Why Obamacare Survived

President Barack Obama delivers remarks on the fifth anniversary of the Affordable Care Act on March 25, 2015. Jonathan Ernst/Reuters

Obamacare survived yet again on Thursday—this time probably for good. The law has been on life support since the president signed it into law in 2010. The statute upended the American health care system, and conservatives have been trying to kill it ever since—both through Congress and the courts.

The latter is no longer an option. In a strongly worded 6-3 ruling written by Chief Justice John Roberts, the United States Supreme Court allowed millions of Americans receiving subsidies to buy health insurance under the Affordable Care Act to keep getting them.

At issue was a technical matter: Did the law allow subsidies to go to recipients in states that failed to create their own health care marketplace (or "exchange")?

Conservatives had a case. The wording of the statute seemed to prohibit that particular kind of subsidy. But the rest of the statute seemed to contradict that one section. What to do? Roberts, who sees himself as the steward of the court, said he looked at the whole law because focusing on one section would create chaos and "destroy" the marketplaces created by the legislation.

In their dissent, conservative justices responded with outrage. Justice Antonin Scalia, never one to mince words, used terms like "applesauce" and "SCOTUSCare"—a play on Supreme Court of the United States and Obamacare—to deride the court for supporting the bill. "Interpretive somersaults," Scalia called them.

It's the second time that Roberts—who was appointed by George W. Bush in 2005 and opposed by then Senators Hillary Clinton and Barack Obama—has saved the president's health care plan. The first came in 2012 when the Supreme Court, in an opinion also written by Roberts, upheld the requirement that people had to buy health insurance, the so-called individual mandate. And now this.

Can conservatives still turn to the judiciary to invalidate the law? That's unlikely, beyond a few smaller cases that are more pricks than death blows. The strongest challenges have already been launched and rejected by the high court and its conservative chief justice. For the first time since the law's proposal, the health care plan seems safe from legal challenge.

The drama of Obamacare was always whether it would live or die. Would it pass Congress, and if it passed would it be struck down? It was a struggle even when Democrats commanded 60 votes in the U.S. Senate, but it survived various attempts to kill it.

Conservatives hoped the courts would overturn the bill and issue a ruling like the one the Supreme Court did in 1935 when it struck down the National Industrial Recovery Act, a New Deal plan to regulate industry. That never happened. It's not entirely clear why. The Roberts court has had no compunction about overturning important legislation. It put the kibosh on an important section of the Voting Rights Act, and it's rewritten the rules of campaign finance, but in the case of Obamacare, Roberts has tread lightly, deferring to the legislature.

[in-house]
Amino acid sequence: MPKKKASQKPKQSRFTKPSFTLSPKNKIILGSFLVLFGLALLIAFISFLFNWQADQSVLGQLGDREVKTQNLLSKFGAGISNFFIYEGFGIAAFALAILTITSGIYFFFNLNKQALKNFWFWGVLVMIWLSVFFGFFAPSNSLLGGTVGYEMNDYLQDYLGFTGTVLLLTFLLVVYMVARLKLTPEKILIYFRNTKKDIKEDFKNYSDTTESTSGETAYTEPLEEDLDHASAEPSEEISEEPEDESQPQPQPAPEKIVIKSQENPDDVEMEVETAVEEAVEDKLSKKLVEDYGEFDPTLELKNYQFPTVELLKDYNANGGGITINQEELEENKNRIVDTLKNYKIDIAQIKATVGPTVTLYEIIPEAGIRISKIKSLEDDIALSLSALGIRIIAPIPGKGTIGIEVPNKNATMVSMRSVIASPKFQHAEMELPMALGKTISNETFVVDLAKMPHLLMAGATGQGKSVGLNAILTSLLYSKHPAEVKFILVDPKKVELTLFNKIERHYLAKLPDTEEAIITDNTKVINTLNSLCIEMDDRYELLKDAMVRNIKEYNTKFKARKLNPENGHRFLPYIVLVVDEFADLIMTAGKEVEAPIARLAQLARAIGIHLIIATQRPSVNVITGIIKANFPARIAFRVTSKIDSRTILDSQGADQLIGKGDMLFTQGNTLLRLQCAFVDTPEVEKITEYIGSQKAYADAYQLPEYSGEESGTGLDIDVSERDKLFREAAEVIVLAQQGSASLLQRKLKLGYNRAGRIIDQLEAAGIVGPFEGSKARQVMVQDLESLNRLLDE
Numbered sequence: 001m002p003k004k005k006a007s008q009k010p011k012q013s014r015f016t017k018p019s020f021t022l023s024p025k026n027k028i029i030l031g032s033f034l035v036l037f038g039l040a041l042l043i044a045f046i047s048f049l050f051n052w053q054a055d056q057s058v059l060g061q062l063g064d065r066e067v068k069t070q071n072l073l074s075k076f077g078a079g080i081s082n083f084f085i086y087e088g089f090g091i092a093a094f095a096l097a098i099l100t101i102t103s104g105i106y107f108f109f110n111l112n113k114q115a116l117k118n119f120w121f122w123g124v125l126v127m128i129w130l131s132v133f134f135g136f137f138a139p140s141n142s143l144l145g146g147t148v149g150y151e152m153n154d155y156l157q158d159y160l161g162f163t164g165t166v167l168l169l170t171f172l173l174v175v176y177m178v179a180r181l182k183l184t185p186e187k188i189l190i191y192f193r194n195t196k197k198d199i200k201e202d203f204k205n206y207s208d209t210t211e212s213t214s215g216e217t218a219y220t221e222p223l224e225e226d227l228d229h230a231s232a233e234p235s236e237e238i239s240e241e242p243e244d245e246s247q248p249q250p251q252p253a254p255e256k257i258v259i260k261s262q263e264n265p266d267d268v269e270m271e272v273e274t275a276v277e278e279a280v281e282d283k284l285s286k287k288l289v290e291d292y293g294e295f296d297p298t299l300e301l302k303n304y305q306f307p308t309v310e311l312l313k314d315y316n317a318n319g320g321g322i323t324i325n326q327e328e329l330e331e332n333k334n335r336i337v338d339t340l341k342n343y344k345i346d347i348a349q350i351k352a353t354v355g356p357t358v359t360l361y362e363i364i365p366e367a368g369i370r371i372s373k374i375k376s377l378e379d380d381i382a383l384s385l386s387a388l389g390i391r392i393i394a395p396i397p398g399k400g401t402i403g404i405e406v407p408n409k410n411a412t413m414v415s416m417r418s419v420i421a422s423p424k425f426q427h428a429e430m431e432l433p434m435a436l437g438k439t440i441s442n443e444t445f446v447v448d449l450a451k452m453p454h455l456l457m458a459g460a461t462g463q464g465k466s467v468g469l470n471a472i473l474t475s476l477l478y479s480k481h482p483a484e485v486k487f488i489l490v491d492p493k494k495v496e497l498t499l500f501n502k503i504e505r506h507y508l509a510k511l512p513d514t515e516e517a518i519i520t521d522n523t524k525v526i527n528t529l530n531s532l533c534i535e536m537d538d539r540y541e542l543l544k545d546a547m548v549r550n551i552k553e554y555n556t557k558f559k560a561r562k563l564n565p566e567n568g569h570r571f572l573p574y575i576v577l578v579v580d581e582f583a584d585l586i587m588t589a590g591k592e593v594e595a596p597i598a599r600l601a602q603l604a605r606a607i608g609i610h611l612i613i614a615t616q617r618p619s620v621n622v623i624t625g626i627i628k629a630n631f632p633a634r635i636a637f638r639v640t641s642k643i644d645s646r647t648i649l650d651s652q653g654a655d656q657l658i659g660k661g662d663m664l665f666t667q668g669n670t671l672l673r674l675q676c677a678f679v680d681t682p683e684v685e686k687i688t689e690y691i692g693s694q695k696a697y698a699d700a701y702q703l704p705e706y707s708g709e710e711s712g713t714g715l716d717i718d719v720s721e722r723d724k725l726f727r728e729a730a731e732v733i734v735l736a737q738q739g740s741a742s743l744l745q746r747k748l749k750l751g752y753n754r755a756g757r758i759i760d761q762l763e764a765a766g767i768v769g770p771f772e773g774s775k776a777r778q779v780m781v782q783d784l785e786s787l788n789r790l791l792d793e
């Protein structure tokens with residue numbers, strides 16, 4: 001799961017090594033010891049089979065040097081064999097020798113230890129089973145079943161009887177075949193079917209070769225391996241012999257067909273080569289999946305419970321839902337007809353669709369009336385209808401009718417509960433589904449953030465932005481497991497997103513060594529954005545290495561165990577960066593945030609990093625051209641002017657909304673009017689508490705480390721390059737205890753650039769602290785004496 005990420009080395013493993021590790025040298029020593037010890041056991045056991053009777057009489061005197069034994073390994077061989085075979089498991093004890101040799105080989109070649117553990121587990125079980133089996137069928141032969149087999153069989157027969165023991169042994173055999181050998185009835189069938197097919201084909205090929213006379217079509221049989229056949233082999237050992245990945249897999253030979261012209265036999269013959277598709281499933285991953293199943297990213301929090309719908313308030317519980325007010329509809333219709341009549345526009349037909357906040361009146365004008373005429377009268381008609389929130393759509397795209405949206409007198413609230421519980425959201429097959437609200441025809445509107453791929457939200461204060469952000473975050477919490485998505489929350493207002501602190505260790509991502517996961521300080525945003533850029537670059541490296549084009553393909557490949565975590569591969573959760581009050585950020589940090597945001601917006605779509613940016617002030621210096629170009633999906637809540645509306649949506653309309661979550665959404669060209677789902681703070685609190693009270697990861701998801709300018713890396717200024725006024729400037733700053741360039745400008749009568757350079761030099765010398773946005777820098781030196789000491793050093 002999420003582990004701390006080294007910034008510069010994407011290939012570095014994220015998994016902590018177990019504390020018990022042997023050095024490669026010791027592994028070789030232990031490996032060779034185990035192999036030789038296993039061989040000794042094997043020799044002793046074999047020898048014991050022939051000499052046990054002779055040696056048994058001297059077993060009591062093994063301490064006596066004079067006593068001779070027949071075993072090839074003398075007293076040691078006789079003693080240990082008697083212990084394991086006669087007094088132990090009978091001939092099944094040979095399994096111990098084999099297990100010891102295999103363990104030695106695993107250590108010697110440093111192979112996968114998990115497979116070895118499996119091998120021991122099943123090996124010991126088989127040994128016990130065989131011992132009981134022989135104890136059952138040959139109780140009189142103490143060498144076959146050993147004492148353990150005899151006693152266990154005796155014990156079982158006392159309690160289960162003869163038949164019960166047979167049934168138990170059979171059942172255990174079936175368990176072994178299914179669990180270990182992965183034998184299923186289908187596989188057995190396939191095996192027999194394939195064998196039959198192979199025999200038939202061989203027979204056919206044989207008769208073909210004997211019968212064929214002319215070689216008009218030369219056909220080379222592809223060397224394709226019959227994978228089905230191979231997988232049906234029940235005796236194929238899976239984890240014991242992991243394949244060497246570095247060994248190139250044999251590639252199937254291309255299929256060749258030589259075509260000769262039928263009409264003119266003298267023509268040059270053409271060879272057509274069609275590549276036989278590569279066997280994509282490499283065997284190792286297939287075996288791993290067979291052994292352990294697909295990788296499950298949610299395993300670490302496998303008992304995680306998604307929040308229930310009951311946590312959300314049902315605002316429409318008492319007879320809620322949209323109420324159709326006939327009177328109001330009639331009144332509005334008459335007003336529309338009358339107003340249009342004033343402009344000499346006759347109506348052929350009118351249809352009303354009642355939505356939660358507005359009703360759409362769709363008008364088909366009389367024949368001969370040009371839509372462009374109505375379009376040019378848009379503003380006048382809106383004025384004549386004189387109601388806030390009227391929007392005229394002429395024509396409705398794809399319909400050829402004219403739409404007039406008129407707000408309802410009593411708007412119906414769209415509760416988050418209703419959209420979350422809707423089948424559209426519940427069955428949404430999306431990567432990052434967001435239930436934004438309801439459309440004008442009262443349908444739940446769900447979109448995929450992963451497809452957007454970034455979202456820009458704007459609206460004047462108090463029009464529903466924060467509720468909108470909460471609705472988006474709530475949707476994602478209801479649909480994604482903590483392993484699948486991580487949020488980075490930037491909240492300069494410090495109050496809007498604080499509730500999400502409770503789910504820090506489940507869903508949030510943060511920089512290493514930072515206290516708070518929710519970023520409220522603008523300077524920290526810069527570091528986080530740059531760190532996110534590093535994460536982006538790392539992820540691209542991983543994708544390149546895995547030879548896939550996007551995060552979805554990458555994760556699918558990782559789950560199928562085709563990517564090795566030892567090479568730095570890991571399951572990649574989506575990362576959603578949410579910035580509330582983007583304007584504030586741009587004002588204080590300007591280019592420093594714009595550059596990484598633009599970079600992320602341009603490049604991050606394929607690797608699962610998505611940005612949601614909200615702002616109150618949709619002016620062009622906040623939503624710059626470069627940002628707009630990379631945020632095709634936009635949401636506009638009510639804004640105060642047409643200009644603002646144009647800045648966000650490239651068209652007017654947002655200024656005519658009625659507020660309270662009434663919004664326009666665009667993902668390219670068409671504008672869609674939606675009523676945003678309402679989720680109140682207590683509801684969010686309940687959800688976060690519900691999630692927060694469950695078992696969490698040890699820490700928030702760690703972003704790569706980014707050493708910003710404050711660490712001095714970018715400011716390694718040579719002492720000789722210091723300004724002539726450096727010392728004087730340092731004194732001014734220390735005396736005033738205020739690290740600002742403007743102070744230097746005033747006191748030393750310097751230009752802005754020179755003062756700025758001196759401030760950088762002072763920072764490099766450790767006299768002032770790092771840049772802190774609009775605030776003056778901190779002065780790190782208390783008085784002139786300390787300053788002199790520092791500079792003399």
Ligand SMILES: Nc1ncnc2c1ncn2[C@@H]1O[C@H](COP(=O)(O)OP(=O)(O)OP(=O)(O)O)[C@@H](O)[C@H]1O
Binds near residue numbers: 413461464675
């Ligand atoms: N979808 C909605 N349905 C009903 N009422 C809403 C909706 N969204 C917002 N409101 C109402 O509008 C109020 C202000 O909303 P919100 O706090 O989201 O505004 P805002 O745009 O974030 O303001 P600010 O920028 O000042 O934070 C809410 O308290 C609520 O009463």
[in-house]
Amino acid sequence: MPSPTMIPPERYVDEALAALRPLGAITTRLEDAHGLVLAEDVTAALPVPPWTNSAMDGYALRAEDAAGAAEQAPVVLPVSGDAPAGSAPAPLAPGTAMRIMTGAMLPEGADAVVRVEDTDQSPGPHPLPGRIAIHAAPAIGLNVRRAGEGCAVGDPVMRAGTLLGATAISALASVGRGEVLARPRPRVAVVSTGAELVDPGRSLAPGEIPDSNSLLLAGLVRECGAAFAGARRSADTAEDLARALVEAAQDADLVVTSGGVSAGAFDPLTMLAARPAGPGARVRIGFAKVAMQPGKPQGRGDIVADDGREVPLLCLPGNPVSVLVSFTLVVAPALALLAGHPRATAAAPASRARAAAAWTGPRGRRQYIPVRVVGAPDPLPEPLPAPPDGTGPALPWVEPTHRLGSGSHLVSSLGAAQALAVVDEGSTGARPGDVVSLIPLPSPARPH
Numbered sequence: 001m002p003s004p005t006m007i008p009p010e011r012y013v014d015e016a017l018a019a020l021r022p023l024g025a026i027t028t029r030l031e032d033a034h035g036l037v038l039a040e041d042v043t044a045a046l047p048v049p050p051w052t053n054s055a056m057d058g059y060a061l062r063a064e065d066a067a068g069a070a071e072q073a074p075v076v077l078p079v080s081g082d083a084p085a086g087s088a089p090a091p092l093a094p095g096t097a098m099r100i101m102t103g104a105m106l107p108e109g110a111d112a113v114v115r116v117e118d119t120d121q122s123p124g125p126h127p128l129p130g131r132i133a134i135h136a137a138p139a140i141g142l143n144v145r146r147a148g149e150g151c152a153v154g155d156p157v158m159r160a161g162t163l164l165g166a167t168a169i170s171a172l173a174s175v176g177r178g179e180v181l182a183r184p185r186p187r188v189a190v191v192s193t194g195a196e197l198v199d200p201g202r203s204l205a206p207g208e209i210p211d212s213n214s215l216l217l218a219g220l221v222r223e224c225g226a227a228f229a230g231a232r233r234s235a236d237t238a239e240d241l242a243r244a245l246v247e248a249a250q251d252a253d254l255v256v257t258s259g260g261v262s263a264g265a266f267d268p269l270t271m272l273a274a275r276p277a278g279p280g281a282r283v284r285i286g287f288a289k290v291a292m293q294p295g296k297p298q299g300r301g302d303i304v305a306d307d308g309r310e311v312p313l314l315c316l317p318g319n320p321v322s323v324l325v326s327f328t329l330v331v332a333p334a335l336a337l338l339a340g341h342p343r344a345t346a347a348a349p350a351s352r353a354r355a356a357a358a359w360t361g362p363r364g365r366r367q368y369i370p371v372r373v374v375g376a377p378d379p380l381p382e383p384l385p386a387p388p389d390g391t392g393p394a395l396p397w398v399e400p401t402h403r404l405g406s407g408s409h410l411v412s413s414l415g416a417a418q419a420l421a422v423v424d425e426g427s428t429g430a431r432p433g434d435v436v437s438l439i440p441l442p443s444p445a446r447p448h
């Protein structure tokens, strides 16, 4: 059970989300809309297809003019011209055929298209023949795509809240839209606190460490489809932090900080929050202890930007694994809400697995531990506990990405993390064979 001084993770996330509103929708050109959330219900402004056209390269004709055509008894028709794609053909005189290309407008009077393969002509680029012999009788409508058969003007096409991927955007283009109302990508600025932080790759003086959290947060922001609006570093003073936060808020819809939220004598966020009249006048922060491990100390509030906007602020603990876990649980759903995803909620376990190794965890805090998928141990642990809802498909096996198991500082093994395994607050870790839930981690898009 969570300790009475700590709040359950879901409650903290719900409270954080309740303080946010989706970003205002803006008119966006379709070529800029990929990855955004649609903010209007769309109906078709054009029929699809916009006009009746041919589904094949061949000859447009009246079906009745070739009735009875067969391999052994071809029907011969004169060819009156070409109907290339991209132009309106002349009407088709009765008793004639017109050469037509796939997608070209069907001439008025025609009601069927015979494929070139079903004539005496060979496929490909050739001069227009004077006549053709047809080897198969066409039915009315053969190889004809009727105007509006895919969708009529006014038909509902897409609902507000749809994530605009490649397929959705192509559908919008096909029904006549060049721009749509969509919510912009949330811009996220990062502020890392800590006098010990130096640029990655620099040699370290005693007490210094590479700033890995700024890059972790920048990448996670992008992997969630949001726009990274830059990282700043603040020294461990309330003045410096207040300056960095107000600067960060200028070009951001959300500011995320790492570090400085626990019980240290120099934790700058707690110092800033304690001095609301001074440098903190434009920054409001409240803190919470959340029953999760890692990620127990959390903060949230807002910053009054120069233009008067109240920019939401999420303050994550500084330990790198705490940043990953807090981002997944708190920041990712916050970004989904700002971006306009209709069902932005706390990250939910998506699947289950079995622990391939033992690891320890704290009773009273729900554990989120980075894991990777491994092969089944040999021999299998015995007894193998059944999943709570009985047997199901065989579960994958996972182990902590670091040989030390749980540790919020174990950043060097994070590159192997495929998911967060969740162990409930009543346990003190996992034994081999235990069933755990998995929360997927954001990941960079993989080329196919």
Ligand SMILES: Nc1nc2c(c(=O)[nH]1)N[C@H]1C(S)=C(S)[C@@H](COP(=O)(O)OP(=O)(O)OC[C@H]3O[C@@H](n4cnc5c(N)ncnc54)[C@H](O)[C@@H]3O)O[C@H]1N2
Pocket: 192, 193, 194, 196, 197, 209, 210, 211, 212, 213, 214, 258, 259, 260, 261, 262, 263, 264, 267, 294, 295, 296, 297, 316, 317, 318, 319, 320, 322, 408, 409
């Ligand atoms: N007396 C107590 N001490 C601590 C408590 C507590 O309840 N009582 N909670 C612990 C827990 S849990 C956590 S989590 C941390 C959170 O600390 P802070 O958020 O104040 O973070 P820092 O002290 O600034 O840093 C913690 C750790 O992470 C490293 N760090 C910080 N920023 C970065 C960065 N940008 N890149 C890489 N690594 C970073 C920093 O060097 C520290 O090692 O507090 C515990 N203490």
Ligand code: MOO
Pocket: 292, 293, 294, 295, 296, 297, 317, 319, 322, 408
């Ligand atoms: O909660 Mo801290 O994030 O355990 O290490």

Technically, the Affordable Care Act can be repealed if Republicans win the White House next year and keep the House and Senate. But Democrats can still use their filibuster powers to prevent repeal even if their numbers in the chamber drop from the current 46 down to 40. Plus, the bill has to be replaced with something. Republicans would have a hard time selling the trade-offs that would come with overturning the legislation.

Can Republicans devise a non-Obama way of insuring millions, allowing kids to stay on their parents' insurance until they're 26, and never allowing pre-existing conditions to deny coverage? Maybe. They have various bills to make health insurance more available. But even if they worked, the measures in these bills lack the immediacy of the individual mandate or the exchange system.

Would big pharmaceutical firms and insurers and hospitals stand for scrapping a system in which they're profiting handsomely? Right now, business groups seem mostly focused on ancillary issues, like a medical device tax that's part of the Affordable Care Act, and less with scrapping the whole thing. Primary voters in Iowa may be fuming about Obamacare but not the chamber of commerce.

The court's ruling shows how ingrained the law has become. Roberts could have written a narrow decision, obviating just the Internal Revenue Service regulations that were central to the case. Instead, he offered a sweeping interpretation of the statute that'll make it impossible for, say, a President Marco Rubio to just rewrite a few regulations.

In one sense, conservatives were right. When government expands, it's hard to get it to contract—especially when it's giving people tangible benefits like health insurance. Social Security and Medicare are still with us. Obamacare is still more scaffold than edifice, a work in progress. But that doesn't mean it's going to fall.